Genetics researchers develop educational card game to help players understand speciation
Speciation, or the evolutionary process that forms new species, is an abstract concept that can be difficult to understand. Multiple factors, such as genetics and animal behavior, influence the process. But an educational card game created by a laboratory in the Department of Genetics is making speciation easier to comprehend.
The Payseur Lab, whose research focuses on evolution and genetics, is also committed to outreach and service to the community, including educating students about complex research topics. Postdoc scholar Megan Frayer and genetics professor and lab director Bret Payseur created the speciation card game after brainstorming several ideas.
“We collaborated with Travis Tangen and his team at the Wisconsin Alumni Research Foundation and Kevin Niemi at WISCIENCE to develop resources to help teachers teach speciation,” says Frayer. “I learned a lot about how outreach and teaching resources are developed.”
In the card game — fittingly named Speciation — players compete to form new species with cards that denote factors that contribute to speciation. The game is designed for a middle and high school audience, but anyone interested in understanding speciation can play.
“Speciation is important to understand because speciation is the process that generates biodiversity,” says Frayer. “The game can help students understand important aspects of speciation — such as the different types of reproductive isolation — in a way that is fun and engaging. I hope the game will also help students connect with research, as the game features many diverse examples of speciation research.”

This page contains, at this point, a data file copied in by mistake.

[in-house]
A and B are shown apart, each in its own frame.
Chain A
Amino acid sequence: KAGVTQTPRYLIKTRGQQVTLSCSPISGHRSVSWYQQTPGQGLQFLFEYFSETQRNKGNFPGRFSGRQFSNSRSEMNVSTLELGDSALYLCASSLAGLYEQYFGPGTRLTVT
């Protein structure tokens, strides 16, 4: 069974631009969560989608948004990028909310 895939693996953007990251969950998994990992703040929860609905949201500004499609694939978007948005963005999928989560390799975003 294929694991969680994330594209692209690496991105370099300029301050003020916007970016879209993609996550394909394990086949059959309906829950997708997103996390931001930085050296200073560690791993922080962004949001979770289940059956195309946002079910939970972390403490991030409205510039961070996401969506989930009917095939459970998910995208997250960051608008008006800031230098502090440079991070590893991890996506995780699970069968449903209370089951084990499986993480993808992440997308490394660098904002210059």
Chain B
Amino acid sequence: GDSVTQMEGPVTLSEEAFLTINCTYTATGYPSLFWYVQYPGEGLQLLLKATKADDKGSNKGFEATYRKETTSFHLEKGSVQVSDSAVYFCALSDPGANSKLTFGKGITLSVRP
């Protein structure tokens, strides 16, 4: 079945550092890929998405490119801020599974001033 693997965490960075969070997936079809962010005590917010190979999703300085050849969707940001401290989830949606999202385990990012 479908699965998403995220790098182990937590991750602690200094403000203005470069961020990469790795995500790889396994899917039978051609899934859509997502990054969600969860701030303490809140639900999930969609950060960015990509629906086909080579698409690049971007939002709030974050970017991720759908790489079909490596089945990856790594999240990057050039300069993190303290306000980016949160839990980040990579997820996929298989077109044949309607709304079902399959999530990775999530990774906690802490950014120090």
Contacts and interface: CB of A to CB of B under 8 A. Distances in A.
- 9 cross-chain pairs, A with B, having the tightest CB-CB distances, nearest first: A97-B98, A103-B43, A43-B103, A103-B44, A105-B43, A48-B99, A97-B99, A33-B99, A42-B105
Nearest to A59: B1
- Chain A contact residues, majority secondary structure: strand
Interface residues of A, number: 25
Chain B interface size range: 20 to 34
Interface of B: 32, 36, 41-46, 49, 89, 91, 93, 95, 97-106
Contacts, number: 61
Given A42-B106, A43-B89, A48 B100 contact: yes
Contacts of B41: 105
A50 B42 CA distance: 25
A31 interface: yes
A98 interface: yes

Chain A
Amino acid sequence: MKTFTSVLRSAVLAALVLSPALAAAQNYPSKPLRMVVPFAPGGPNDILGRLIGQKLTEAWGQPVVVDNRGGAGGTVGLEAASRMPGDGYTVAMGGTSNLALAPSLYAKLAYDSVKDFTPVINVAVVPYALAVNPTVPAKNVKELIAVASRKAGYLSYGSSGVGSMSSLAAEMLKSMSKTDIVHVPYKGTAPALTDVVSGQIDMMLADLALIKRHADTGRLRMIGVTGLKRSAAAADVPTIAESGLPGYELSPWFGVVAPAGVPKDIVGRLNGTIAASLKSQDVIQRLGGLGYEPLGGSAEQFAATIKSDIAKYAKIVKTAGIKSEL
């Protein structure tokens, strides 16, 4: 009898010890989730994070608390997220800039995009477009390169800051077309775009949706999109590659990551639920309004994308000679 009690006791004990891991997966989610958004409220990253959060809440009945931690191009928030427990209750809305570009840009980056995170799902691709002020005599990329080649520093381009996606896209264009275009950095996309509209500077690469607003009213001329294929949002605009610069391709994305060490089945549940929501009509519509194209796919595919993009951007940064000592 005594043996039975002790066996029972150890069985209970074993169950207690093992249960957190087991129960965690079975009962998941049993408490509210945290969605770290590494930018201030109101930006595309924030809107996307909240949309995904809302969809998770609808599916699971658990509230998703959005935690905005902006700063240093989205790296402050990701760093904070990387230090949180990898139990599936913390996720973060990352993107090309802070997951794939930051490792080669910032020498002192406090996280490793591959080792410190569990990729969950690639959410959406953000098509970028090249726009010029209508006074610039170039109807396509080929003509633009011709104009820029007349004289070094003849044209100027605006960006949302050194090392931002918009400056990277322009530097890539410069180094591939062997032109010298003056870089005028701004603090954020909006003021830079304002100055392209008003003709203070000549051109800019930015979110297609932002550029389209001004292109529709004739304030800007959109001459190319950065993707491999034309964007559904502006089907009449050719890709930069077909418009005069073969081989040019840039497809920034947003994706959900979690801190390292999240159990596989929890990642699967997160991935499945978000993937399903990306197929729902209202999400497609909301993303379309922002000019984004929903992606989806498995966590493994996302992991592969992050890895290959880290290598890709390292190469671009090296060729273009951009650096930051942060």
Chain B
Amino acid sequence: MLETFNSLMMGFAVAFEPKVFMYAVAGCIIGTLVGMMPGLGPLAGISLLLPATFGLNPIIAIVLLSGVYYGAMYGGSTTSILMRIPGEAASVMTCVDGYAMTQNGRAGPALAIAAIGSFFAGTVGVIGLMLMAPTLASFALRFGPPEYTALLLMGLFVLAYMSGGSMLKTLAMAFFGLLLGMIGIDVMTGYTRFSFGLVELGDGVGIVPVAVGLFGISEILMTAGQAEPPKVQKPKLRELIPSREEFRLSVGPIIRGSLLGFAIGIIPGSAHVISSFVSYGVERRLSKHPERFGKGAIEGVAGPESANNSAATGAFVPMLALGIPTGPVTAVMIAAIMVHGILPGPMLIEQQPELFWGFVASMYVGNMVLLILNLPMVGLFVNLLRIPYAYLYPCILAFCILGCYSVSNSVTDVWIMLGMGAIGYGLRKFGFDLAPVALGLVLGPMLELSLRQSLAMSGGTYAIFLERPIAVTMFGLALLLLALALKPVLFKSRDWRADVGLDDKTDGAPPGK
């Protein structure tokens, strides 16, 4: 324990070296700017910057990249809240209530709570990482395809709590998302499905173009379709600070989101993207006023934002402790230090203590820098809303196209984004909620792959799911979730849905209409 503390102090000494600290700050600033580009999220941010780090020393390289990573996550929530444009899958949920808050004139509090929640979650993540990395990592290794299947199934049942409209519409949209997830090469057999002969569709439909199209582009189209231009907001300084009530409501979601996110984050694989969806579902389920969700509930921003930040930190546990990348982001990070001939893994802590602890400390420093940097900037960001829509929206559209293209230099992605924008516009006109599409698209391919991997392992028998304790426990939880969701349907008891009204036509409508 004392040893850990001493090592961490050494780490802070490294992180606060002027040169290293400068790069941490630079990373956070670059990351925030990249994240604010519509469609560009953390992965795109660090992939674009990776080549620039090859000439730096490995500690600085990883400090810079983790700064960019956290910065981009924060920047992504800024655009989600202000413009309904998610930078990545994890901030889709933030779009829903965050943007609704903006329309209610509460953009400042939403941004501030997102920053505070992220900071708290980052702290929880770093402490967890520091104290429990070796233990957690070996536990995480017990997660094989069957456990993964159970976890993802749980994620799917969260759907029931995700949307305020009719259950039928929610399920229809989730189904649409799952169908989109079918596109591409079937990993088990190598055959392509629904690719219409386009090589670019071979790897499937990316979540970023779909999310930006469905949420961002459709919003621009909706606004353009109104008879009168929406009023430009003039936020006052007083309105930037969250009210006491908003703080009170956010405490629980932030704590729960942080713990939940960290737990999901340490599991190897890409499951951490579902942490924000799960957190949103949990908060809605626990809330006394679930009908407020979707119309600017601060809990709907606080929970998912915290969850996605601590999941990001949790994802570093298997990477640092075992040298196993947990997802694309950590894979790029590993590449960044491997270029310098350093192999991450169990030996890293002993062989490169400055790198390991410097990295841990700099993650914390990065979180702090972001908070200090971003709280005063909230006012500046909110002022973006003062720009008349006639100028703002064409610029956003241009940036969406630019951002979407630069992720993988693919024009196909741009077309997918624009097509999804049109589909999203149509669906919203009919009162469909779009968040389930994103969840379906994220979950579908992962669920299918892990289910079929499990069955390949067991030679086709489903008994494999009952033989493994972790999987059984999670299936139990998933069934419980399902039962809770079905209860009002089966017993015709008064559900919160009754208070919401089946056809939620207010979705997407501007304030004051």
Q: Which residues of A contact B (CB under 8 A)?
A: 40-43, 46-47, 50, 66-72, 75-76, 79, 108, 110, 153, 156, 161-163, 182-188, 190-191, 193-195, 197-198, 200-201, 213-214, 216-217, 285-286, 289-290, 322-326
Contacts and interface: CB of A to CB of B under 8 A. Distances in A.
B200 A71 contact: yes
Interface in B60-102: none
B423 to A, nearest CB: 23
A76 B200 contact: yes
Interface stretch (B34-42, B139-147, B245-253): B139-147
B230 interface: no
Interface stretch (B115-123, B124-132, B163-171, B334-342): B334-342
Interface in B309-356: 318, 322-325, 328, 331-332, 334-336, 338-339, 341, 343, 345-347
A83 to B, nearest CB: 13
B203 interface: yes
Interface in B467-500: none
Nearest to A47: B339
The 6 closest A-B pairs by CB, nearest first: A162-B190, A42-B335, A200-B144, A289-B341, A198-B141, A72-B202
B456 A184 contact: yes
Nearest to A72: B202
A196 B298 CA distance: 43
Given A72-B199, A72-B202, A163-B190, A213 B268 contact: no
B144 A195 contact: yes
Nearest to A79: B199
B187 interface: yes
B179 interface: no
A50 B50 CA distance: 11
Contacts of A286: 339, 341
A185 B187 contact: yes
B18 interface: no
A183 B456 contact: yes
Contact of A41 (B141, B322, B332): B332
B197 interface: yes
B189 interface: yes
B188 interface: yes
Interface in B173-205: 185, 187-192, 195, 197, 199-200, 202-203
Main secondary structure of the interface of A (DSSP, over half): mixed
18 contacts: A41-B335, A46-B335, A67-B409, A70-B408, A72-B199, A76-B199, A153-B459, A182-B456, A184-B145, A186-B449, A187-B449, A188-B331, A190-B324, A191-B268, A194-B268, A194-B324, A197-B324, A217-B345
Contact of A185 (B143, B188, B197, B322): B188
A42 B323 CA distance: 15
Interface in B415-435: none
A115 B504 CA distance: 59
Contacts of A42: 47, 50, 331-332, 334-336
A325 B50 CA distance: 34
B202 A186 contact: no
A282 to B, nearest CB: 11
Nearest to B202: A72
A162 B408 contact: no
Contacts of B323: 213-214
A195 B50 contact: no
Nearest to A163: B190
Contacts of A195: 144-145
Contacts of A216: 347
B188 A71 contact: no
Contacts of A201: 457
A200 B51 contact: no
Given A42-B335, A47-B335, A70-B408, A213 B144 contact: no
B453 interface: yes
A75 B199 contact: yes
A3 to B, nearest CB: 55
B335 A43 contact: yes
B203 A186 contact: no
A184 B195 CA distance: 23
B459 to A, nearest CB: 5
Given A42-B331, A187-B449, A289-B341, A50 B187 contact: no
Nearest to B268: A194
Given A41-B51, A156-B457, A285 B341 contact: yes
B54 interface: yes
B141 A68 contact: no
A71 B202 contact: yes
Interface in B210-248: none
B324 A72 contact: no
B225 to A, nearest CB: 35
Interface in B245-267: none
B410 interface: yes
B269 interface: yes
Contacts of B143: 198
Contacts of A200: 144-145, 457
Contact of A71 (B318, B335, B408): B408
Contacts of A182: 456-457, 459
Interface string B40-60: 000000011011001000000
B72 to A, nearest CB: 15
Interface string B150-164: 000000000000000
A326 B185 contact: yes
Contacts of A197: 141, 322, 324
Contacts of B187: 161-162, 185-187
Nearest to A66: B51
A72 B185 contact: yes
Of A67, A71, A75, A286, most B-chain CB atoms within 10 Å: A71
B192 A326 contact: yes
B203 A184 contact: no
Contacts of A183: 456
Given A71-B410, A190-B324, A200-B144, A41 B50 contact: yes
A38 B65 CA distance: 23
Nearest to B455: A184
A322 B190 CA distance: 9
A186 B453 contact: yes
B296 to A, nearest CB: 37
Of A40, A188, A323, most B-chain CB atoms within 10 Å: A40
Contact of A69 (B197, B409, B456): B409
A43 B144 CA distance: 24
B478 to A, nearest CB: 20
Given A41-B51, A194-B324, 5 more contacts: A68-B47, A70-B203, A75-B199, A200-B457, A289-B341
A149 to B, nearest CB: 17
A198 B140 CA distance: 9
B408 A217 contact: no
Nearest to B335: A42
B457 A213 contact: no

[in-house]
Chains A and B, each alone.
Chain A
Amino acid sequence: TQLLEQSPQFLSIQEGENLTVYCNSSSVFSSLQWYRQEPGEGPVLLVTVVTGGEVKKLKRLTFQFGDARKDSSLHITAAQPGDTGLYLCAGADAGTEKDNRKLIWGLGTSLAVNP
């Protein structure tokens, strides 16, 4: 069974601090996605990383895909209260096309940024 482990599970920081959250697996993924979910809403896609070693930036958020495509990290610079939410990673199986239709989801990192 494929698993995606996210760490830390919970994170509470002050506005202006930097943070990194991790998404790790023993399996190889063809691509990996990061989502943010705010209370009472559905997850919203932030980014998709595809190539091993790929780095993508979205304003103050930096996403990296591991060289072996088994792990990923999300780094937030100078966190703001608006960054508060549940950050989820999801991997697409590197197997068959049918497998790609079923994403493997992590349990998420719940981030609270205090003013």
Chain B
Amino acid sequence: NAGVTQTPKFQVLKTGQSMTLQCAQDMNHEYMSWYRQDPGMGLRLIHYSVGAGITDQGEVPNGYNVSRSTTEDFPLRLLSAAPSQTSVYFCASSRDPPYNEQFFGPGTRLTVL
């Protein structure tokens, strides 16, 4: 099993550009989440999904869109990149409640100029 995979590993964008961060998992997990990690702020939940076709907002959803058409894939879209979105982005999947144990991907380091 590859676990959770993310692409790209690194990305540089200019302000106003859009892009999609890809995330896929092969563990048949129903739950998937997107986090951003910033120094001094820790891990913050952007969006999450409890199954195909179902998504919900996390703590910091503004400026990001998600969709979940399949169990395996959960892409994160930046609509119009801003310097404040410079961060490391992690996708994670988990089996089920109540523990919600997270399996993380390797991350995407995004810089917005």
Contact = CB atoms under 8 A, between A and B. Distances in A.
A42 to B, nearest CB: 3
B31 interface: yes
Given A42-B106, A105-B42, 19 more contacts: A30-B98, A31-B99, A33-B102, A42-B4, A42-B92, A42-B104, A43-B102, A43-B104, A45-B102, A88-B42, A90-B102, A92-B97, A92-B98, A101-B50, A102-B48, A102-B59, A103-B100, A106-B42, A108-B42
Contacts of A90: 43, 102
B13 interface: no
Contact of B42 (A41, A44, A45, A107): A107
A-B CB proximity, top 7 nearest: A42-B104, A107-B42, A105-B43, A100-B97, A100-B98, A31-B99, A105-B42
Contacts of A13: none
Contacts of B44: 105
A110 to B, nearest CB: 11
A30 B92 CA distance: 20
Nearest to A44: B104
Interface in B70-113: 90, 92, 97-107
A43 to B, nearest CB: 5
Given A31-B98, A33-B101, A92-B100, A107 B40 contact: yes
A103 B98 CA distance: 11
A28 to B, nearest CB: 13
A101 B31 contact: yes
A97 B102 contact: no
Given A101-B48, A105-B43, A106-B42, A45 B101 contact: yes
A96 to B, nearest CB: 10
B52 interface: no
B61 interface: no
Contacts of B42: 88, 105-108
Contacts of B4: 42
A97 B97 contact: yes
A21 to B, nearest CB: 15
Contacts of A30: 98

Students got a chance to play Speciation during the 2022 Wisconsin Science Festival, which was held Oct. 10-16. Members of the Payseur Lab engaged with students, who enjoyed the game.
“Even with the limited amount of time they had, the students asked good questions and seemed to be learning,” says Frayer. “I hope that players appreciate that the complexity is part of what makes speciation interesting and fun to study — every instance is unique!”
Creating the Speciation card game was made possible with funding from the National Science Foundation.
To learn more about the Payseur Lab outreach and service activities, please visit https://payseur.genetics.wisc.edu/outreach-and-service/.